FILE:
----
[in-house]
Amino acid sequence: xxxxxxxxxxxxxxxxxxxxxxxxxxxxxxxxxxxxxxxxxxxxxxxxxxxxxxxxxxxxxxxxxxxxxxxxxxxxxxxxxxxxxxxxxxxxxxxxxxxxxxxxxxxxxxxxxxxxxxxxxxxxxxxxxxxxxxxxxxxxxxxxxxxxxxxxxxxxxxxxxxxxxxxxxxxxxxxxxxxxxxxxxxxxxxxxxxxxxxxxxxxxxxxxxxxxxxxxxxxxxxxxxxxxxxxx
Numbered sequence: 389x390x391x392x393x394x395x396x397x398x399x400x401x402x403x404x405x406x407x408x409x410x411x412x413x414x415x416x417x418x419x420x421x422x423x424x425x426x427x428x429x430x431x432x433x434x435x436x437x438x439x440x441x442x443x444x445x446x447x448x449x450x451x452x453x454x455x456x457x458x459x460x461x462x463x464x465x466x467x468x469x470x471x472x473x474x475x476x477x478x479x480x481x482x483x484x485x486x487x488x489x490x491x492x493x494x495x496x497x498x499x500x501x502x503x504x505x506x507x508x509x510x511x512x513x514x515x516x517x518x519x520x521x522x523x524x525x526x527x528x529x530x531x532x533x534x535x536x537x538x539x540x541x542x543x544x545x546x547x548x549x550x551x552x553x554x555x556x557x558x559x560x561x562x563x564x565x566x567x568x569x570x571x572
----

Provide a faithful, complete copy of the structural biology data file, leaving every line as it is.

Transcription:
[in-house]
Amino acid sequence: xxxxxxxxxxxxxxxxxxxxxxxxxxxxxxxxxxxxxxxxxxxxxxxxxxxxxxxxxxxxxxxxxxxxxxxxxxxxxxxxxxxxxxxxxxxxxxxxxxxxxxxxxxxxxxxxxxxxxxxxxxxxxxxxxxxxxxxxxxxxxxxxxxxxxxxxxxxxxxxxxxxxxxxxxxxxxxxxxxxxxxxxxxxxxxxxxxxxxxxxxxxxxxxxxxxxxxxxxxxxxxxxxxxxxxxx
Numbered sequence: 389x390x391x392x393x394x395x396x397x398x399x400x401x402x403x404x405x406x407x408x409x410x411x412x413x414x415x416x417x418x419x420x421x422x423x424x425x426x427x428x429x430x431x432x433x434x435x436x437x438x439x440x441x442x443x444x445x446x447x448x449x450x451x452x453x454x455x456x457x458x459x460x461x462x463x464x465x466x467x468x469x470x471x472x473x474x475x476x477x478x479x480x481x482x483x484x485x486x487x488x489x490x491x492x493x494x495x496x497x498x499x500x501x502x503x504x505x506x507x508x509x510x511x512x513x514x515x516x517x518x519x520x521x522x523x524x525x526x527x528x529x530x531x532x533x534x535x536x537x538x539x540x541x542x543x544x545x546x547x548x549x550x551x552x553x554x555x556x557x558x559x560x561x562x563x564x565x566x567x568x569x570x571x572